It seems logical that Sears would be interested in pursuing this acquisition, but if by some chance it does not, there was the Catterton Partners’ bid of $6.70 a couple of months ago that may still have interest. Although financing conditions have since become more difficult, this would hardly be a large purchase to swallow. In essence, the Catterton bid could provide a protective backstop for the investor.
Given how far the market has sold off since Sears proposed its latest offer, it also makes sense to wonder whether Sears would try and negotiate a lower price with management. This scenario, however, does not seem too likely because of the fear that Catterton, or somebody else, would swoop up the company instead. Does Sears, sporting a $13.7 billion market cap, want to risk losing a potentially important strategic acquisition to save perhaps an extra $35 million or 0.0025 of its market cap? The odds are against this.
In terms of the timing of a potential deal, it makes sense that the small nature of the target would imply that it would not take long to complete the deal. A conservative estimate would be between six months and one year, but would more likely take between three and six months. Either way, the consummation would not take long.
Now for some numbers. Although there is no definitive right answer, a reasonable conclusion can be drawn as to the attractiveness of the opportunity by estimating probabilities of a deal occurring or not and a corresponding stock price in either scenario. If the probability of a deal occurring at $6.75 per share is 85% and the probability of no deal is 15%, in which case the stock would probably fall to below the price it had before the bids, say 15% below, so $2.45 per share, then the mathematical expectation for the current stock price should be: $6.75 * (85%) + $2.45 * (15%) = $6.10 per share.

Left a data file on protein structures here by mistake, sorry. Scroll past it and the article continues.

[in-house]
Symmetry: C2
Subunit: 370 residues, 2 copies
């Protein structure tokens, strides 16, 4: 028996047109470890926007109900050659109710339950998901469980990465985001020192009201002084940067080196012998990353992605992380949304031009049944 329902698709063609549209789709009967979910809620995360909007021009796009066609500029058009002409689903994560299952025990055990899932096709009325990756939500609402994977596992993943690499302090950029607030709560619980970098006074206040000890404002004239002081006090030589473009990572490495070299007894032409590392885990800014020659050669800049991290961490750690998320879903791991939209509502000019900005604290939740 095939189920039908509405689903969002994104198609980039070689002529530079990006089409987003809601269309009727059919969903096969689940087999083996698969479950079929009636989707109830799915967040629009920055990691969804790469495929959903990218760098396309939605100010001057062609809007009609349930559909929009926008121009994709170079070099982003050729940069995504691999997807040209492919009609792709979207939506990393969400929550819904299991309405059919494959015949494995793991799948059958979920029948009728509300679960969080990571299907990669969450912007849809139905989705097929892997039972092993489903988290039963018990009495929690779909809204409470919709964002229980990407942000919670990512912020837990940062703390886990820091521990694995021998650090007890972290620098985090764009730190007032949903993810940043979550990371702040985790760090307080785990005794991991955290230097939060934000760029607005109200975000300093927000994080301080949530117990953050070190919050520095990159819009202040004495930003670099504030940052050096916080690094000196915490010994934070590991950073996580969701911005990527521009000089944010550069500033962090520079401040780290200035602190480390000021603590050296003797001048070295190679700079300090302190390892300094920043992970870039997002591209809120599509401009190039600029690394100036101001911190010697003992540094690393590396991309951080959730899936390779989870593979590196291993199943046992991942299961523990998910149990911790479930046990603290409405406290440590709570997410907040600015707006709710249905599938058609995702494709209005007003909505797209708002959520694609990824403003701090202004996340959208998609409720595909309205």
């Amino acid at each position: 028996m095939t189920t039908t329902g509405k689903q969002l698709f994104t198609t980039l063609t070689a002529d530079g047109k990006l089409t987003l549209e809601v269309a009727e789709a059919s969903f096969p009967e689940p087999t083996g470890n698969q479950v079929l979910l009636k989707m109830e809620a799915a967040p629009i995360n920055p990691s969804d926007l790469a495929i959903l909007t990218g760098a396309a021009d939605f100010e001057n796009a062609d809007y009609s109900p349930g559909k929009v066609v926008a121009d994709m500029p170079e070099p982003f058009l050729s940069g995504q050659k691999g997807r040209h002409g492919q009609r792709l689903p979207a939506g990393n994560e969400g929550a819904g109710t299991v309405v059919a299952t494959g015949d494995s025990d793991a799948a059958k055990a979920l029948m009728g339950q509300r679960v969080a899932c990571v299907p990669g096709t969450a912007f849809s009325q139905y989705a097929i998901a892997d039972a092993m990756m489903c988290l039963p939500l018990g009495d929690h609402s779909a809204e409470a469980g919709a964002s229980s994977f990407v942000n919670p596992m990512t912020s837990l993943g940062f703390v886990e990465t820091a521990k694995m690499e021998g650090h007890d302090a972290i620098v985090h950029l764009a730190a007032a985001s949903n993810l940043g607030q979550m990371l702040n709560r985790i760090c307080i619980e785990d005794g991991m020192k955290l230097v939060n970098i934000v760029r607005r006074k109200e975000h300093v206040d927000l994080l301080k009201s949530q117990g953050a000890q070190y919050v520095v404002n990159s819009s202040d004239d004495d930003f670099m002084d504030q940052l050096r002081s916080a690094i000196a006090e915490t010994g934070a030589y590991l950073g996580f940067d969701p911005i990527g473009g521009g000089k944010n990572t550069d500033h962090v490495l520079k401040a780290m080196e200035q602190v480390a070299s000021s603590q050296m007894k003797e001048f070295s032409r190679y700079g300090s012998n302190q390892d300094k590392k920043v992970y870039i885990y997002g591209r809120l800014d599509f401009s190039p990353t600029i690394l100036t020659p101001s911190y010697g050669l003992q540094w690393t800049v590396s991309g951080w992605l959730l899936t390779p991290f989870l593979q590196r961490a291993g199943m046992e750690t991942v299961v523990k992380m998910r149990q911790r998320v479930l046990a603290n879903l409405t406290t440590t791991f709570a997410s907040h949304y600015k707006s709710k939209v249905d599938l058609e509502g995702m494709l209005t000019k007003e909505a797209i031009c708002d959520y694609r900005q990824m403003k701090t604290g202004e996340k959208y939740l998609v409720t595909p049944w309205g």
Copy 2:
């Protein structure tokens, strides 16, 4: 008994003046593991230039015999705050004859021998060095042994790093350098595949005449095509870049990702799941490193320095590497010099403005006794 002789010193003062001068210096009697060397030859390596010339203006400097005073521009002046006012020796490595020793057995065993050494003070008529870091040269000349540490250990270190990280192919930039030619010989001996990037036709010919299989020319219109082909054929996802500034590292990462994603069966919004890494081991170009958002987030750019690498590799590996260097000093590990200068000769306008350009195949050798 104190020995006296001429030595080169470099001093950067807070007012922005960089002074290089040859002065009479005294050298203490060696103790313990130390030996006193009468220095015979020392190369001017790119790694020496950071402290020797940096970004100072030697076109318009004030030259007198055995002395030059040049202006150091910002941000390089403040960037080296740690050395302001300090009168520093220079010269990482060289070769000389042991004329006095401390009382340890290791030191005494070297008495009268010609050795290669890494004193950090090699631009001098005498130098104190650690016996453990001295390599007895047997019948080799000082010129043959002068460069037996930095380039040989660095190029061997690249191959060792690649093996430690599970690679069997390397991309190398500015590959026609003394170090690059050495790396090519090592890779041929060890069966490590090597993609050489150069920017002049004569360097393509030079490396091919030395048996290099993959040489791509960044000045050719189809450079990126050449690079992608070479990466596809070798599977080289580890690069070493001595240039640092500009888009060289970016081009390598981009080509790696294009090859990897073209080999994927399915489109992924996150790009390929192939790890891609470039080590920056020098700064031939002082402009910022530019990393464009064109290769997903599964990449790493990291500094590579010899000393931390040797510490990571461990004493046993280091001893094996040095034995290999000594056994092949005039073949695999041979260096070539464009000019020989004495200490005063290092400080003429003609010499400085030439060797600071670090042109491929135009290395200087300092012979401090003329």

Restoration’s stock price is currently $3.86 which implies an expected return of 58.0% if the deal closes in one year. If it takes six months, the expected annualized rate of return would be double that, or 116%.
If there were twenty equally good risk arbitrage opportunities similar to this, a portfolio constructed with 5% in each situation would most likely lead to very satisfactory returns. Unfortunately, such circumstances, to absorb the random misses, do not exist. Nonetheless, the odds seem very much in favor of making a decent profit on this risk arbitrage situation.
William Pappas is Managing Partner of Pappas Management LLC, the investment manager for Pappas Investments, and can be reached at firstname.lastname@example.org.